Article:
There are many gaming keyboards on offer these days. That is to say, the market is saturated with a post-Fordist case study of consumer customisation, choice and commercial competitiveness. Omen ‘Sequencer’ from HP has a few USPs to stand out from the crowd; for one, basing itself on the ‘tried, tested but ignored’ technology of opto-mechanical switches.
Far from ‘Predator’s own mouse’ or ‘Robocoffin’, the keyboard wouldn’t look out of place in an office
Whether or not the advantages brought by the speed of light are worth switching over from a Cherry MX is up for debate but the Omen ‘Sequencer’ stands up elsewhere.
Maybe fashion has come to meet Omen’s aggressive designs, maybe keyboards just fit the Omen aesthetic or maybe HP have dialled back on the branding. Regardless, aside from the bevelled edges, bezel-less frame and red roller of doom HP’s Omen Sequencer is surprisingly muted.
If it weren’t for the needlessly futuristic squared font on the keys and small Omen logo, you wouldn’t necessarily think ‘HP’ immediately.
The backlit keycaps give the keyboard most of the customisation options you would expect from a device at this price. Individual key colouring and animations will dominate the look of the keyboard.
Mostly Excellent Hardware
The firm snap and definite activation of the blue switches are pleasant to type or game on. The keys have a travel that furious typers will appreciate. The gigantic spacebar will divide opinion – normal gaming spacebars are big enough for most and oversized offerings can look ugly to some. Then again, the ten-thumbed amongst us might possibly need one that is about 14 times the size of the rest of the keys.
The volume roller is a design highlight – it’s easy to roll to change volume but stiff enough to stay in situ until you need it
What is more bizarre than an oversized space is an undersized ‘Return (Enter)’ key. Many touch-typists appreciate the larger Shift, CTRL and Return keys for their baby finger to stretch towards – why break that ergonomic tradition. Expect to hit the mind-bogglingly placed and sized ‘/’ a lot.
The bezel-less design is easy to clean and takes up a little less space on the desk for those who are tight on desk room. The volume roller is a design highlight – it’s easy to roll to change volume but stiff enough to stay in situ until you need it. The volume roller feels premium and even with several ways to change volume within reach at my desktop, it begged me to roll with it. Almost next to the roller is a mute button that is a nice inclusion but doesn’t get nearly as much love as the roller.
Opto-mechanical switches can also be reactivated with better temporal accuracy thanks to being less prone to mechanical hysteresis
The board is reassuringly heavy and sturdy. Despite the lack of bezel and fairly shallow design, Omen Sequencer is stiff and solid.
Disappointingly though, the keycaps aren’t totally flex-free. For this price, 100% flex-free keys are almost to be expected. My SS M800 ‘Apex’ has been in use for about 18 hours a day for around four years and the vast majority of the keys still don’t wobble or waiver at all. While Omen Sequencer’s key flex is minimal and never in any danger of affecting your 1337 Word Document skillz, it’s still a nuisance.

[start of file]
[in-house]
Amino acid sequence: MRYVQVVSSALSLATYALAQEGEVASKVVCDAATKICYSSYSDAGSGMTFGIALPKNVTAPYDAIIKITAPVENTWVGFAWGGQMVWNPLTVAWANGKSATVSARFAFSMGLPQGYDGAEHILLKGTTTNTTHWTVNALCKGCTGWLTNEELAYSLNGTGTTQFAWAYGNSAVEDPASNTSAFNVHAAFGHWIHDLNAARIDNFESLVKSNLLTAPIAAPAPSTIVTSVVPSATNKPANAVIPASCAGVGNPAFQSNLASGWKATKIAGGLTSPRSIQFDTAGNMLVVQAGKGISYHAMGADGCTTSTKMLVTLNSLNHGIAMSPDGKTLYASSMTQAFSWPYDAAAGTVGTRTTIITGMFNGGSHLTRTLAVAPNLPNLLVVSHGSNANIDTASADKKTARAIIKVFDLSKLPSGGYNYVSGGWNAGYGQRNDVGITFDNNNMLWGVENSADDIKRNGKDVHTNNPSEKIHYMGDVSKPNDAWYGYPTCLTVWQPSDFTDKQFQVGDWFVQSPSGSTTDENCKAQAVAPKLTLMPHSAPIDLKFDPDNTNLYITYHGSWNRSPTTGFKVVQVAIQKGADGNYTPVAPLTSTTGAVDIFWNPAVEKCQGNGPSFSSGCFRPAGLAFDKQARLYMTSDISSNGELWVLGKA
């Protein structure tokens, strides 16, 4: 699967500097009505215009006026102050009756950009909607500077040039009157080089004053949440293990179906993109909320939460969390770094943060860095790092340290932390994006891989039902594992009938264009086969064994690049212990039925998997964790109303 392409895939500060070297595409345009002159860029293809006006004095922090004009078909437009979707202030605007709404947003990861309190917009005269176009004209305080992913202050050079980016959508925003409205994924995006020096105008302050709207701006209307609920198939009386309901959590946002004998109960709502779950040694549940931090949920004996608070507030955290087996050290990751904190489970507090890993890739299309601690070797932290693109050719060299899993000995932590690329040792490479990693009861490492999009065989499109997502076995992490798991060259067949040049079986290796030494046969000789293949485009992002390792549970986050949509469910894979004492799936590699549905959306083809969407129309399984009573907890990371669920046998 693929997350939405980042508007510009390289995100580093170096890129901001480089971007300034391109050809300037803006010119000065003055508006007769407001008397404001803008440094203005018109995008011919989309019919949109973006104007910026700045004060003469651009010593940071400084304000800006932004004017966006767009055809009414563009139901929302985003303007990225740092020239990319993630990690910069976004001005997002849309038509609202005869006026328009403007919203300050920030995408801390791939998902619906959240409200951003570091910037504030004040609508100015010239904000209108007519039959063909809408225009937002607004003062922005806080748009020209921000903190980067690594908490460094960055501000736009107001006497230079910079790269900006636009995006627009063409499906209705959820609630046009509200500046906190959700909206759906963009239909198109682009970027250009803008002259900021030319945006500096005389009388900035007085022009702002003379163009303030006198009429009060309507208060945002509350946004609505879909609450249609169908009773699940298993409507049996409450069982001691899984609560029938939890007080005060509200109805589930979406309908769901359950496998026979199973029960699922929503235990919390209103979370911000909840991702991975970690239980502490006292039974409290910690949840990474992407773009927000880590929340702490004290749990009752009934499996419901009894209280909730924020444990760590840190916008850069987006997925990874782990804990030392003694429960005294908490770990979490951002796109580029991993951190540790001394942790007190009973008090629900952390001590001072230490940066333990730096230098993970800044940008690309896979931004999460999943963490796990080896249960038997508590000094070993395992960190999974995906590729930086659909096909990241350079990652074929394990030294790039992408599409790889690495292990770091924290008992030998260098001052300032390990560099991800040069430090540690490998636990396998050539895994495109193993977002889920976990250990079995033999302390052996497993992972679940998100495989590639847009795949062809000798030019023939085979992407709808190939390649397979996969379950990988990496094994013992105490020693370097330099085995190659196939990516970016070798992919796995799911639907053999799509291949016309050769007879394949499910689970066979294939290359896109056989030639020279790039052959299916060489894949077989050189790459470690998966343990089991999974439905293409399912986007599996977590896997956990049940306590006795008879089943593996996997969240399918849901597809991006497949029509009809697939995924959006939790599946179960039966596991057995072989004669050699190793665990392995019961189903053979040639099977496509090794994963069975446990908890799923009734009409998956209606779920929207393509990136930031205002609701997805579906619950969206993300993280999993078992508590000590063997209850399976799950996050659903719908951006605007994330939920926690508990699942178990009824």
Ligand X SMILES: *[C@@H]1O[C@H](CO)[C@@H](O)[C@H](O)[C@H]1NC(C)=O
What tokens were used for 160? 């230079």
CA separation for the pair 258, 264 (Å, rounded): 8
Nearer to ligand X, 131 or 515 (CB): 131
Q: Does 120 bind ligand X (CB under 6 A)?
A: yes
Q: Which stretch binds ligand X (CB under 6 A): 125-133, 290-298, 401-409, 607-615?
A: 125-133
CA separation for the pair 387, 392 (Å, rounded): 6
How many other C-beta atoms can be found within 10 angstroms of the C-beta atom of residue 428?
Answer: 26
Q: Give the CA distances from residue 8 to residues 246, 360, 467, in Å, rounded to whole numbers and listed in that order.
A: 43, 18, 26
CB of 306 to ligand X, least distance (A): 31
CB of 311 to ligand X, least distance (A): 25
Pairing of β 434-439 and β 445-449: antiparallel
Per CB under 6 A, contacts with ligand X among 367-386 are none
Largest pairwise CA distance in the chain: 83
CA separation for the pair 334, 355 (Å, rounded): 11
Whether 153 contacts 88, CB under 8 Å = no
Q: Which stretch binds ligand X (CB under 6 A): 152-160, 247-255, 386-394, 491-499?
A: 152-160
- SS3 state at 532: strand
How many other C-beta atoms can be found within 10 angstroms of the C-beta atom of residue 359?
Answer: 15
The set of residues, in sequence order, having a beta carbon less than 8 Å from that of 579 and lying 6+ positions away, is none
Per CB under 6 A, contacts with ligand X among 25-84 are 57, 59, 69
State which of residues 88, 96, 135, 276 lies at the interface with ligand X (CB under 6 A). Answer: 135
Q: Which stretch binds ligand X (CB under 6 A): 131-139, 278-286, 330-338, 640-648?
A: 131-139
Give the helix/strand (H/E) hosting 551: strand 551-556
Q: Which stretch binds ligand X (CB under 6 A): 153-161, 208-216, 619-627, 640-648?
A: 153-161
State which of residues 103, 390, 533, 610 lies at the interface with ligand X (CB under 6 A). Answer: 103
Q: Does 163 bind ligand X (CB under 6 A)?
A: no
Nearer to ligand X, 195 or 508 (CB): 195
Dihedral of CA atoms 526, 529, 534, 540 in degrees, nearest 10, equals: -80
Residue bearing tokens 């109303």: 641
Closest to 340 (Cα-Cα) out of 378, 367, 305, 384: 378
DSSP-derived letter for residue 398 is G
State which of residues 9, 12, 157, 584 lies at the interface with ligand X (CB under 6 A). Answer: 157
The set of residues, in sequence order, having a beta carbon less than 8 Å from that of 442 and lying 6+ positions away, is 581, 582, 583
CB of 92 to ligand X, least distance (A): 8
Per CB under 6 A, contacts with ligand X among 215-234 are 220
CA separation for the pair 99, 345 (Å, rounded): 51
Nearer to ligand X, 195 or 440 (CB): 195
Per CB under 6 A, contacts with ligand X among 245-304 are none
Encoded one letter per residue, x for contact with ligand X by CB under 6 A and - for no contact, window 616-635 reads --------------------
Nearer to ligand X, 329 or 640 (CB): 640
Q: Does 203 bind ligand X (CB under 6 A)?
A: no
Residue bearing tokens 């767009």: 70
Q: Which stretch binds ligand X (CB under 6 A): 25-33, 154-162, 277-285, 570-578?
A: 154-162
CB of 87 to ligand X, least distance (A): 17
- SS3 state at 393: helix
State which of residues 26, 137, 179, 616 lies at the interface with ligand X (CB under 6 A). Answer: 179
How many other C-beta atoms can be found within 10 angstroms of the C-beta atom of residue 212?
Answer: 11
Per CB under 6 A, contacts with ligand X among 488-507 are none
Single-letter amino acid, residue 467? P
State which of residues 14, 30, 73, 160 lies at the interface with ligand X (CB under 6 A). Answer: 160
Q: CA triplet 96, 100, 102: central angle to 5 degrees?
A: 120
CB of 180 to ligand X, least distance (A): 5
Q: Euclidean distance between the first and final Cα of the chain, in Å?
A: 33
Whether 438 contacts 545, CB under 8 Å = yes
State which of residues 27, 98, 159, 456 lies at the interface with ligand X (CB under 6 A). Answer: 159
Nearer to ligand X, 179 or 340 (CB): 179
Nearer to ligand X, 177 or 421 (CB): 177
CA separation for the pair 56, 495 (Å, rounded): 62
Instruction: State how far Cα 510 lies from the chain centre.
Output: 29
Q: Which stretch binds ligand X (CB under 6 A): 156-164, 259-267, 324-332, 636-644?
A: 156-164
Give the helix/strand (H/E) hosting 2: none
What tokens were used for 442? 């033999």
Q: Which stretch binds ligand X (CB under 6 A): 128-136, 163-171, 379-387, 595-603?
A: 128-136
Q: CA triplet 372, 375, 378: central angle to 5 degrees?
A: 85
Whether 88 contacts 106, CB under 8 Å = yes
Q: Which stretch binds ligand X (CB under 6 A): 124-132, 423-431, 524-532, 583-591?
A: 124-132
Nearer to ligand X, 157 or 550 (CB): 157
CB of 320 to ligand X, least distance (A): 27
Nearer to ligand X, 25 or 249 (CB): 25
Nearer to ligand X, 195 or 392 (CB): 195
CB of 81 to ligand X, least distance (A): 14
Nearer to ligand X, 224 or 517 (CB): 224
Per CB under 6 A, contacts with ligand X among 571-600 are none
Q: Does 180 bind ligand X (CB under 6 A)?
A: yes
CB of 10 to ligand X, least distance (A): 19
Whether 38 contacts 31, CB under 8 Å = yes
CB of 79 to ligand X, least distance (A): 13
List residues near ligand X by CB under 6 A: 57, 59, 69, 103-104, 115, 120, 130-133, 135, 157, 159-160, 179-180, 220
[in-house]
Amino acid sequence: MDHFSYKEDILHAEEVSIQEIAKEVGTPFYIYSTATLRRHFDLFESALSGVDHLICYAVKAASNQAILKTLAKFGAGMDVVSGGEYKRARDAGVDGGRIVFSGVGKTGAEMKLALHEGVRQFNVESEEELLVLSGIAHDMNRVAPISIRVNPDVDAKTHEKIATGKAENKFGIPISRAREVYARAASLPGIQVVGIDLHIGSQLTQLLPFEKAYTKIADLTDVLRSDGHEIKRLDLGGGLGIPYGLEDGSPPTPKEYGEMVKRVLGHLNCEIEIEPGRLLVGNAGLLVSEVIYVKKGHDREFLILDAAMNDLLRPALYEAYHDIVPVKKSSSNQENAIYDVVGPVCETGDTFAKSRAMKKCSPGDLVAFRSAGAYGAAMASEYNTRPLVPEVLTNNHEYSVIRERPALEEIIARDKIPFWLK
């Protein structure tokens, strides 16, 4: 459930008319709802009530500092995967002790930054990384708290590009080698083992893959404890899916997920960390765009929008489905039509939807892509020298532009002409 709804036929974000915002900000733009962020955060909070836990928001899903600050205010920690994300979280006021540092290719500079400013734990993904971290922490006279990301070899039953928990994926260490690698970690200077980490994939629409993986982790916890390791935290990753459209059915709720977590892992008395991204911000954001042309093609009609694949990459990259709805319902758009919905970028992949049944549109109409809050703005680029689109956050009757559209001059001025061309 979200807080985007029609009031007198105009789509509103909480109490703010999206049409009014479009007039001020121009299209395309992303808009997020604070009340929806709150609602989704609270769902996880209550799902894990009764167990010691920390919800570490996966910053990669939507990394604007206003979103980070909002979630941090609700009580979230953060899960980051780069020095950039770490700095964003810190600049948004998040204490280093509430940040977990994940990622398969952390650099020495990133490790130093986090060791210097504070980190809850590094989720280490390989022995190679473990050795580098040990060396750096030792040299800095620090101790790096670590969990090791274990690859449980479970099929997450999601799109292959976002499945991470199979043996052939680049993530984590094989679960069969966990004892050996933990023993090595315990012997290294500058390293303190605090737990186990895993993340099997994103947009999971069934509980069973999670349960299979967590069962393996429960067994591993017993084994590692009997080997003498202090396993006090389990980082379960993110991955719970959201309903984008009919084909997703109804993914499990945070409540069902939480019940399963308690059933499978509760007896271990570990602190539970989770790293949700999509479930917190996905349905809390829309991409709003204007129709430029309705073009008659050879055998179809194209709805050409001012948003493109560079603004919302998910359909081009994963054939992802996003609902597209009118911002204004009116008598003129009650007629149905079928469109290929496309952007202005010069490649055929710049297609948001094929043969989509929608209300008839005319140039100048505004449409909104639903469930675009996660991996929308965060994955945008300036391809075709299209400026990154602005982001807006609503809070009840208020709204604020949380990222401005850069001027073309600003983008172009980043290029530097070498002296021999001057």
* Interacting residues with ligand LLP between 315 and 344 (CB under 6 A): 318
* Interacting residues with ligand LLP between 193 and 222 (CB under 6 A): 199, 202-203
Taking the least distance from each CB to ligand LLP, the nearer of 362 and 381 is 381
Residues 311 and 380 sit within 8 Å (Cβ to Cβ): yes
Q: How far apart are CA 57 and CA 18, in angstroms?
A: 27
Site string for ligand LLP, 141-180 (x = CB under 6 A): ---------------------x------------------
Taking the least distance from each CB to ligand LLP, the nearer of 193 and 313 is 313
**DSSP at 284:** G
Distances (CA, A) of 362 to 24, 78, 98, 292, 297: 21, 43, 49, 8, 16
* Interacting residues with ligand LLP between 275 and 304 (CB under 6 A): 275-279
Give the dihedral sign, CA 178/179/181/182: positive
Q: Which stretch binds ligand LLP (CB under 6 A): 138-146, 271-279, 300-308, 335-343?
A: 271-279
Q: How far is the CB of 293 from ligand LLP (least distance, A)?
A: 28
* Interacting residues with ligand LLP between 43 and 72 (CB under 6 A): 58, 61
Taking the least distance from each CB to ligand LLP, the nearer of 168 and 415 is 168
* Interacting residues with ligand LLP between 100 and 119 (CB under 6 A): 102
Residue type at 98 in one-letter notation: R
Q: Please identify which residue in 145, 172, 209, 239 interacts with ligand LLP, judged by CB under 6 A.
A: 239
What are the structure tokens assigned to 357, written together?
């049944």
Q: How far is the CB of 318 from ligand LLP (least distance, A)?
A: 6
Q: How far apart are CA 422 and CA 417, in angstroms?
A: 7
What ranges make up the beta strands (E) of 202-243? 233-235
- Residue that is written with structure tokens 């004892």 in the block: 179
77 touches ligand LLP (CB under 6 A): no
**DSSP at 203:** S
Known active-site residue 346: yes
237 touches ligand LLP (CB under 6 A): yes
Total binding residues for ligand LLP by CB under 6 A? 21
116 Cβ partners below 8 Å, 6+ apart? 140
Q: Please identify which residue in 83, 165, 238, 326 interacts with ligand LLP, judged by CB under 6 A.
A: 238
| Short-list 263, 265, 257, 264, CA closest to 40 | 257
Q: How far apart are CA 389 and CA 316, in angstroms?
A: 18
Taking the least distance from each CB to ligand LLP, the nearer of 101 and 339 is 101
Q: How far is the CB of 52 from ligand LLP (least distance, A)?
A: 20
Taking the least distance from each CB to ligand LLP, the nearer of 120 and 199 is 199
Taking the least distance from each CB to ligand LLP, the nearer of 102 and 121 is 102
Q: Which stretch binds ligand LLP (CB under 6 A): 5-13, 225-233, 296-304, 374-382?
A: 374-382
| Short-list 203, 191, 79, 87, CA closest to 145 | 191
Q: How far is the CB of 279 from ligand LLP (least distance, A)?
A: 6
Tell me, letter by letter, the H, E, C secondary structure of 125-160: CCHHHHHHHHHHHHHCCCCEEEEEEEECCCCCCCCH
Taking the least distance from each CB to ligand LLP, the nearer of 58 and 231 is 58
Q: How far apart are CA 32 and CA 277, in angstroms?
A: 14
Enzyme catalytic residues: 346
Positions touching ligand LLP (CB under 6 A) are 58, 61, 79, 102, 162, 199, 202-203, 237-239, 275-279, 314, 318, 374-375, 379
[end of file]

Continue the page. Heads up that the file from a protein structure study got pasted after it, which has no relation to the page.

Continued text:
Why You Are Here – The Light Show
It’s almost a scientific fact that the optical trip switches are faster than the common strictly mechanical switches. The actual difference is outwardly impressive – a 90% reduction in activation/response time – from around 2ms to .2ms. In layman’s terms that moves the needle from imperceptible-and-negligible all the way to imperceptible-and-negligible.
A healthy human male in his mid-thirties who writes about video games and technology all day has a primed visual response time of around 245ms so the improvement wrought by the opto-mechanical switcharoo amounts to less than 1%. That’s before we mention that some premium mechanical keys that have been optimised for speed have key activation times of under 2ms.
You could even argue that waiting for the next poll will add some latency to both. 1,000Hz designs are the standard for PC gaming peripherals so that ‘up-to-1ms’ of lag comes as standard.
Opto-mechanical switches can also be reactivated with better temporal accuracy thanks to being less prone to mechanical hysteresis. Opto-mechanical keys’ almost-zero bounce probably provides more benefit to the serious keyboard user than the other marketed metrics. Bounce and software debouncing are a bit more esoteric though so I can’t really blame the marketers for leading with anything else.
Still a Fine Keyboard
Whether or not you feel that 2ms is worth shaving from the chain of command, HP Omen Sequencer is great to look at and to gamer or type on. Save for some ergonomic missteps, Sequencer is an excellent main peripheral for someone after a gaming keyboard that moonlights as an all-rounder.
HP Omen Sequencer is available now at around €179.99